On Being Polite



I was waiting in line the other day at my favorite sandwich shop/bakery. I happened to be third in line when suddenly, some woman skipped the line, ignoring everyone as she played with her oversized sunglasses . I gave her, the cashier, and everyone else the look and even said, “excuse me?” But everyone just ignored me and put up with the woman and her huge order of pastries. I left the shop dismayed and I don’t intend to come back again.

The one thing I don’t like more than people who skip lines are the people who don’t say anything and the clerks who put up with it. Granted, the woman was “older” and in South Korea that counts for a lot, but she wasn’t old enough not to know better, and she was not dying! In fact, the “older” people in the country should be pushing for general courtesy instead of just complaining about younger generations whenever they don’t get the respect that’s supposedly owed to them.

Now I’ve been living in South Korea for quite some time now, and this isn’t the first time people have skipped lines on me. Sometimes the clerk intervenes, but often people just ignore it. The line skipping incident is just one example of the general lack of empathy towards others or just simple lack of common courtesy that turns me off once in a while. I realize that people here tend to have a “mind your own business” approach to things, but people sometimes do it to such an extent that they’ve built a bubble around themselves and ignore the rest of humanity. That’s why people bump you in the streets of Seoul and never say a word. Why people don’t care if they poke your eyes out with their umbrellas. Why no one stands up to abuses they see on the street (I’ve been witness to some crimes and many times I’ve been told not to get involved. It’s none of my business, apparently.). This is why some people think Koreans are rude.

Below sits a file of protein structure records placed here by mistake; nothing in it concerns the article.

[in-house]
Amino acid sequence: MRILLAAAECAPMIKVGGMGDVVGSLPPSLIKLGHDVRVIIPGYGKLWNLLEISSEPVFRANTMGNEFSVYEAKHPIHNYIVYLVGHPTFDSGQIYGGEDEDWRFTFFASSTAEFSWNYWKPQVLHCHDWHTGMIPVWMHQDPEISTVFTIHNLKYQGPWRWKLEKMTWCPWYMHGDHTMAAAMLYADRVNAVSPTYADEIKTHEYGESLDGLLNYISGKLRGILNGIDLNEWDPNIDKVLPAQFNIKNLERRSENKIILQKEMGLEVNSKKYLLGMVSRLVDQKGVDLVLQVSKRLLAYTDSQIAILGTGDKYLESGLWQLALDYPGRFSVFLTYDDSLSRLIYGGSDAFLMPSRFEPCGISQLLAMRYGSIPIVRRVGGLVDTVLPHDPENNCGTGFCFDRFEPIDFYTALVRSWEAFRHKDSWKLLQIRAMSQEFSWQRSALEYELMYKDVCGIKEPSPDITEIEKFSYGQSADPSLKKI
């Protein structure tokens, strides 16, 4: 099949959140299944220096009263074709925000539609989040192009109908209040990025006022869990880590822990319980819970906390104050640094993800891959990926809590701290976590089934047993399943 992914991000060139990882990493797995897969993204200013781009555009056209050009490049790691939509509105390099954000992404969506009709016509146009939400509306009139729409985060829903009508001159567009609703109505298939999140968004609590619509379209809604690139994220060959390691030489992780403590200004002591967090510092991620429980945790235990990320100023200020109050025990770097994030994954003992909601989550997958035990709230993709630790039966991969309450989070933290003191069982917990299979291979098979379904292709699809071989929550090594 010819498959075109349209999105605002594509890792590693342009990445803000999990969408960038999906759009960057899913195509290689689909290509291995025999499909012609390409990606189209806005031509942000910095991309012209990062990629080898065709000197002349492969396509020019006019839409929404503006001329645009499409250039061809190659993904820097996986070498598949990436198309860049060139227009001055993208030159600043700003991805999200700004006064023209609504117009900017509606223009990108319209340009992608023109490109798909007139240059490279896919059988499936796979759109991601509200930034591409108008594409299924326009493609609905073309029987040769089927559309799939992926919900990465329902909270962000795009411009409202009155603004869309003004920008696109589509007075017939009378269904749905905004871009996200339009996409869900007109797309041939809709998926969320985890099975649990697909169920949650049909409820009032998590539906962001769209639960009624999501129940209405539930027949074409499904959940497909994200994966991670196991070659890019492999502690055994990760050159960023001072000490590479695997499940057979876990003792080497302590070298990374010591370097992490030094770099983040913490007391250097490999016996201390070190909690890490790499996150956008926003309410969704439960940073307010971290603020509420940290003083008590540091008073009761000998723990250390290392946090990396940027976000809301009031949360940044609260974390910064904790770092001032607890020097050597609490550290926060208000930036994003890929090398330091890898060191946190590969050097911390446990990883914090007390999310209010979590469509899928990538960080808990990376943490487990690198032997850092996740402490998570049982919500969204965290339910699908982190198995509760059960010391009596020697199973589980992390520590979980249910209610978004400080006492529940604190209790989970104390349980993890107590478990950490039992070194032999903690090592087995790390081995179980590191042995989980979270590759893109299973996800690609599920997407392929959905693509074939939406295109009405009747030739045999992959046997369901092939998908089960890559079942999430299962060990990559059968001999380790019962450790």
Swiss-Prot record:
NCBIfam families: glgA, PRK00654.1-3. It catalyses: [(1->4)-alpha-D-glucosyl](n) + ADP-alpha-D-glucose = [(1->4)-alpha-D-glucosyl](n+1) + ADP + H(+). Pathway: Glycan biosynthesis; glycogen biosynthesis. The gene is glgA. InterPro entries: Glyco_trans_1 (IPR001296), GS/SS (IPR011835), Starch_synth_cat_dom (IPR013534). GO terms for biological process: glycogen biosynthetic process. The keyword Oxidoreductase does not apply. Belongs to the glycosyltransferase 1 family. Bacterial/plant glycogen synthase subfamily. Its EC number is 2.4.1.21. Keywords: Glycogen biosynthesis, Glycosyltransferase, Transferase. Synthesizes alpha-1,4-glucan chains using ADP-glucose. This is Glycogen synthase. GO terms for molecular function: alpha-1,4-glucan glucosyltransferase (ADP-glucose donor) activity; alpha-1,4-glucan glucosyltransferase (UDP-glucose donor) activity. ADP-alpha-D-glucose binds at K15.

When I visited Japan last month. I was pleased at how polite strangers can be. I was about to attribute it to a unique Japanese attitude when I remembered that it’s the same back home in Canada. It’s also the same in my most favorite city in the world, Hong Kong. People cared about strangers and respected both their rights and personal space. People respected your space. They apologize for disturbing you and wish you well when they see you. It’s a kindness that I find missing here. Now, I’m not saying that all Koreans are rude and don’t care about others in the street. No. It’s just that in blindly following rules such as “mind your own business” or “respect (all) elders,” they make the country less pleasing and a terribly, terribly selfish place.

Maybe I’m just ranting because I’ve “lost” my favorite sandwich place. But really, it’s not a bad idea for everyone to just be a tad bit kinder to one another. Also, if someone could find me a decent deli in Seoul that uses real cheese, I would really appreciate it.

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